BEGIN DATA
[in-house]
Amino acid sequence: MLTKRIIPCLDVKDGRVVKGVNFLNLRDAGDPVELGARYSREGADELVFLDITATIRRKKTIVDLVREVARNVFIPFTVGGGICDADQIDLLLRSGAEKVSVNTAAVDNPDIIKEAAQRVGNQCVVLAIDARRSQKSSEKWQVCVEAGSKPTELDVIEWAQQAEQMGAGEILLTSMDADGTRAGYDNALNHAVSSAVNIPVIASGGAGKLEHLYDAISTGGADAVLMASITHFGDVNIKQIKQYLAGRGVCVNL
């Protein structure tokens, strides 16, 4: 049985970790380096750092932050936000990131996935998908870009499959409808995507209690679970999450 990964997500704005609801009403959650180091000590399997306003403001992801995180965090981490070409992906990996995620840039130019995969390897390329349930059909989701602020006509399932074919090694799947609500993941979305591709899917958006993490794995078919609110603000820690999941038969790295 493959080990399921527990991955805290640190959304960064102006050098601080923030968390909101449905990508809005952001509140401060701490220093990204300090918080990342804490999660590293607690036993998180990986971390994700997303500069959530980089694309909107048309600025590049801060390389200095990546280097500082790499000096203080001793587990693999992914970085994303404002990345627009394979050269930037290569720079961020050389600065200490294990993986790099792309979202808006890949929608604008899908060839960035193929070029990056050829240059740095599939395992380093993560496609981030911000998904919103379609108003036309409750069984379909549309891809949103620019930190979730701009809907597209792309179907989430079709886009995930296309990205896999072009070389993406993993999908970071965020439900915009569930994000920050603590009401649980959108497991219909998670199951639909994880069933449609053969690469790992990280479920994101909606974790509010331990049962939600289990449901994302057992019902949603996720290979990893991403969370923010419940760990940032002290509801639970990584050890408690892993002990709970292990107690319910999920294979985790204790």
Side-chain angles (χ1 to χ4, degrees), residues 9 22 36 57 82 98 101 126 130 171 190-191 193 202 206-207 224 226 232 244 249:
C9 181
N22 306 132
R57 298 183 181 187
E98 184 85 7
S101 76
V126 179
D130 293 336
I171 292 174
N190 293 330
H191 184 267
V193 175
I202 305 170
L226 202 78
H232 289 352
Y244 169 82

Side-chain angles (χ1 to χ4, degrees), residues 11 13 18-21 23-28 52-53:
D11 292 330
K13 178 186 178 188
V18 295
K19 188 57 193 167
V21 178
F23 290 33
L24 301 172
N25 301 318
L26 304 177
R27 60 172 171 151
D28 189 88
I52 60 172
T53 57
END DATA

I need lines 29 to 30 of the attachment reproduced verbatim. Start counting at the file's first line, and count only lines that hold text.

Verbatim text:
L26 304 177
R27 60 172 171 151